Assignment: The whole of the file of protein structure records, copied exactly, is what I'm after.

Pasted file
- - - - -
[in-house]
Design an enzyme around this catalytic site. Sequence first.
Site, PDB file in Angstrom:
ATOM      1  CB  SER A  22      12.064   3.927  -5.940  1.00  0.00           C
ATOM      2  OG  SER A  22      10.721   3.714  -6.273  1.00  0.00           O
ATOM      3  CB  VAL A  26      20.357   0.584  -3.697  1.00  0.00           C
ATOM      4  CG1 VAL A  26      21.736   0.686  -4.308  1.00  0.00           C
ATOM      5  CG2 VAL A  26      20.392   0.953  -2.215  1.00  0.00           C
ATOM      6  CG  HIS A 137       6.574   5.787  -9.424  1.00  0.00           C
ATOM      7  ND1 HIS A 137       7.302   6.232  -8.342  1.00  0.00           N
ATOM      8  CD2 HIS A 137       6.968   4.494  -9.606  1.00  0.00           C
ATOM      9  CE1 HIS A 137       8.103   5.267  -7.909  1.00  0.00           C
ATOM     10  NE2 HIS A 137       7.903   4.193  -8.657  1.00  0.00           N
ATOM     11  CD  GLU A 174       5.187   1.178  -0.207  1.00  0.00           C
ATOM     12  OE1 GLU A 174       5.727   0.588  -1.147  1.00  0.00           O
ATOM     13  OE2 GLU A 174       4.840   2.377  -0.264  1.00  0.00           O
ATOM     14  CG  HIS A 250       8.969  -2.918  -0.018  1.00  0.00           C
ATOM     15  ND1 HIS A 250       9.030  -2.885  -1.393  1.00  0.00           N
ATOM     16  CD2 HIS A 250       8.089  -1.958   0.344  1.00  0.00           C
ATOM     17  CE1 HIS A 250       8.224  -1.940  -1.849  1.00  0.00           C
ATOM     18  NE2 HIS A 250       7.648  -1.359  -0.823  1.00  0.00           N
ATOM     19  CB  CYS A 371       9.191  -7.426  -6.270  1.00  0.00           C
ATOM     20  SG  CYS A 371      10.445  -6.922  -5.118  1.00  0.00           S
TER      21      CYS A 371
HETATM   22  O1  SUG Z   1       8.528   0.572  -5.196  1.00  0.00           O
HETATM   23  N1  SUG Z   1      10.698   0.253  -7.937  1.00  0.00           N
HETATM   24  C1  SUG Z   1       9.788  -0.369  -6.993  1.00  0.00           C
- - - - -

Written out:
[in-house]
Design an enzyme around this catalytic site. Sequence first.
Site, PDB file in Angstrom:
ATOM      1  CB  SER A  22      12.064   3.927  -5.940  1.00  0.00           C
ATOM      2  OG  SER A  22      10.721   3.714  -6.273  1.00  0.00           O
ATOM      3  CB  VAL A  26      20.357   0.584  -3.697  1.00  0.00           C
ATOM      4  CG1 VAL A  26      21.736   0.686  -4.308  1.00  0.00           C
ATOM      5  CG2 VAL A  26      20.392   0.953  -2.215  1.00  0.00           C
ATOM      6  CG  HIS A 137       6.574   5.787  -9.424  1.00  0.00           C
ATOM      7  ND1 HIS A 137       7.302   6.232  -8.342  1.00  0.00           N
ATOM      8  CD2 HIS A 137       6.968   4.494  -9.606  1.00  0.00           C
ATOM      9  CE1 HIS A 137       8.103   5.267  -7.909  1.00  0.00           C
ATOM     10  NE2 HIS A 137       7.903   4.193  -8.657  1.00  0.00           N
ATOM     11  CD  GLU A 174       5.187   1.178  -0.207  1.00  0.00           C
ATOM     12  OE1 GLU A 174       5.727   0.588  -1.147  1.00  0.00           O
ATOM     13  OE2 GLU A 174       4.840   2.377  -0.264  1.00  0.00           O
ATOM     14  CG  HIS A 250       8.969  -2.918  -0.018  1.00  0.00           C
ATOM     15  ND1 HIS A 250       9.030  -2.885  -1.393  1.00  0.00           N
ATOM     16  CD2 HIS A 250       8.089  -1.958   0.344  1.00  0.00           C
ATOM     17  CE1 HIS A 250       8.224  -1.940  -1.849  1.00  0.00           C
ATOM     18  NE2 HIS A 250       7.648  -1.359  -0.823  1.00  0.00           N
ATOM     19  CB  CYS A 371       9.191  -7.426  -6.270  1.00  0.00           C
ATOM     20  SG  CYS A 371      10.445  -6.922  -5.118  1.00  0.00           S
TER      21      CYS A 371
HETATM   22  O1  SUG Z   1       8.528   0.572  -5.196  1.00  0.00           O
HETATM   23  N1  SUG Z   1      10.698   0.253  -7.937  1.00  0.00           N
HETATM   24  C1  SUG Z   1       9.788  -0.369  -6.993  1.00  0.00           C